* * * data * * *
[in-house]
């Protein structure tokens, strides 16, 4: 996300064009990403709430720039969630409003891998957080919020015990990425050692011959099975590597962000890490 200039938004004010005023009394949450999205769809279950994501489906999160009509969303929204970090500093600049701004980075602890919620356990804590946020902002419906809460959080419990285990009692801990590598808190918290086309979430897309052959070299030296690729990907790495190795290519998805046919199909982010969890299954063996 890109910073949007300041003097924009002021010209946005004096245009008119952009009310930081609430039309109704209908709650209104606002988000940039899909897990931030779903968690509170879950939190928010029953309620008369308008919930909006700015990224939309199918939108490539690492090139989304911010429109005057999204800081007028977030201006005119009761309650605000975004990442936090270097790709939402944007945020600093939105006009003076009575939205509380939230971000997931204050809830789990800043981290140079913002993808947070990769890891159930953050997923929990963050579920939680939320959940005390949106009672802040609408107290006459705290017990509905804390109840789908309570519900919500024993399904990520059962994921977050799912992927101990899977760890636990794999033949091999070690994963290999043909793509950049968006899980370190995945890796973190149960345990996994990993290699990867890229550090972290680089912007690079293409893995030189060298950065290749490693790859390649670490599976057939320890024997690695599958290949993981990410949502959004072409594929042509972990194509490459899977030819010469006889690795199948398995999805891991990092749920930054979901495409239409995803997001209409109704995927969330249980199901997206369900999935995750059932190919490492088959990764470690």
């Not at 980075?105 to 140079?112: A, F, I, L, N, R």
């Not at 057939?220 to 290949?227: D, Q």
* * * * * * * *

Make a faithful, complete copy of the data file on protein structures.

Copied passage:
[in-house]
């Protein structure tokens, strides 16, 4: 996300064009990403709430720039969630409003891998957080919020015990990425050692011959099975590597962000890490 200039938004004010005023009394949450999205769809279950994501489906999160009509969303929204970090500093600049701004980075602890919620356990804590946020902002419906809460959080419990285990009692801990590598808190918290086309979430897309052959070299030296690729990907790495190795290519998805046919199909982010969890299954063996 890109910073949007300041003097924009002021010209946005004096245009008119952009009310930081609430039309109704209908709650209104606002988000940039899909897990931030779903968690509170879950939190928010029953309620008369308008919930909006700015990224939309199918939108490539690492090139989304911010429109005057999204800081007028977030201006005119009761309650605000975004990442936090270097790709939402944007945020600093939105006009003076009575939205509380939230971000997931204050809830789990800043981290140079913002993808947070990769890891159930953050997923929990963050579920939680939320959940005390949106009672802040609408107290006459705290017990509905804390109840789908309570519900919500024993399904990520059962994921977050799912992927101990899977760890636990794999033949091999070690994963290999043909793509950049968006899980370190995945890796973190149960345990996994990993290699990867890229550090972290680089912007690079293409893995030189060298950065290749490693790859390649670490599976057939320890024997690695599958290949993981990410949502959004072409594929042509972990194509490459899977030819010469006889690795199948398995999805891991990092749920930054979901495409239409995803997001209409109704995927969330249980199901997206369900999935995750059932190919490492088959990764470690």
């Not at 980075?105 to 140079?112: A, F, I, L, N, R």
């Not at 057939?220 to 290949?227: D, Q």